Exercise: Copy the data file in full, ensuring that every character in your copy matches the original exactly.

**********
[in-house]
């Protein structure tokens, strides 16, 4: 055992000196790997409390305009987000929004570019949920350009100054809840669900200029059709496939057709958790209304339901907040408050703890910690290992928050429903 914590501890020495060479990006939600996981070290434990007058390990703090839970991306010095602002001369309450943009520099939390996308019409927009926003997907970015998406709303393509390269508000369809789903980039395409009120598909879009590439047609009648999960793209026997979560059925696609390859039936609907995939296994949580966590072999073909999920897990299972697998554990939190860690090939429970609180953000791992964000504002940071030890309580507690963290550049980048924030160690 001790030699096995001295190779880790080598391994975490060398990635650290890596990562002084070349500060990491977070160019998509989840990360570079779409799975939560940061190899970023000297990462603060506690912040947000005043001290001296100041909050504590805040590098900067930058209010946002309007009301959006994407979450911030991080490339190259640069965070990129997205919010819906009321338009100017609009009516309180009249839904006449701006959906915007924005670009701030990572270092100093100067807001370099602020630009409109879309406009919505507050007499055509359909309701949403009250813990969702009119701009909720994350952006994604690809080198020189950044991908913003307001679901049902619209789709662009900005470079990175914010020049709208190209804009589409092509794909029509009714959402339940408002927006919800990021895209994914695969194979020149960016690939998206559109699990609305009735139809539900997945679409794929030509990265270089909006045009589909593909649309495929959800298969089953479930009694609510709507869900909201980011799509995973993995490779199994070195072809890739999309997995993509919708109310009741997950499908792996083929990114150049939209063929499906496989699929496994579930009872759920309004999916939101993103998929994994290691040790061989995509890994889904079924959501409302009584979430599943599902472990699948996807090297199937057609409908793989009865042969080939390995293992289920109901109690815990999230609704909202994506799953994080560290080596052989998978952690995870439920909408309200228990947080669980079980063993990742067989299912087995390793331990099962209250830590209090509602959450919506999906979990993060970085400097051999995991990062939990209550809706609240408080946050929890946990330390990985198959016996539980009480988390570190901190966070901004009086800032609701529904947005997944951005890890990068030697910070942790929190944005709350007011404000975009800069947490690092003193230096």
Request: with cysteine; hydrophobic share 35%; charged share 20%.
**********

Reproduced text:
[in-house]
């Protein structure tokens, strides 16, 4: 055992000196790997409390305009987000929004570019949920350009100054809840669900200029059709496939057709958790209304339901907040408050703890910690290992928050429903 914590501890020495060479990006939600996981070290434990007058390990703090839970991306010095602002001369309450943009520099939390996308019409927009926003997907970015998406709303393509390269508000369809789903980039395409009120598909879009590439047609009648999960793209026997979560059925696609390859039936609907995939296994949580966590072999073909999920897990299972697998554990939190860690090939429970609180953000791992964000504002940071030890309580507690963290550049980048924030160690 001790030699096995001295190779880790080598391994975490060398990635650290890596990562002084070349500060990491977070160019998509989840990360570079779409799975939560940061190899970023000297990462603060506690912040947000005043001290001296100041909050504590805040590098900067930058209010946002309007009301959006994407979450911030991080490339190259640069965070990129997205919010819906009321338009100017609009009516309180009249839904006449701006959906915007924005670009701030990572270092100093100067807001370099602020630009409109879309406009919505507050007499055509359909309701949403009250813990969702009119701009909720994350952006994604690809080198020189950044991908913003307001679901049902619209789709662009900005470079990175914010020049709208190209804009589409092509794909029509009714959402339940408002927006919800990021895209994914695969194979020149960016690939998206559109699990609305009735139809539900997945679409794929030509990265270089909006045009589909593909649309495929959800298969089953479930009694609510709507869900909201980011799509995973993995490779199994070195072809890739999309997995993509919708109310009741997950499908792996083929990114150049939209063929499906496989699929496994579930009872759920309004999916939101993103998929994994290691040790061989995509890994889904079924959501409302009584979430599943599902472990699948996807090297199937057609409908793989009865042969080939390995293992289920109901109690815990999230609704909202994506799953994080560290080596052989998978952690995870439920909408309200228990947080669980079980063993990742067989299912087995390793331990099962209250830590209090509602959450919506999906979990993060970085400097051999995991990062939990209550809706609240408080946050929890946990330390990985198959016996539980009480988390570190901190966070901004009086800032609701529904947005997944951005890890990068030697910070942790929190944005709350007011404000975009800069947490690092003193230096």
Request: with cysteine; hydrophobic share 35%; charged share 20%.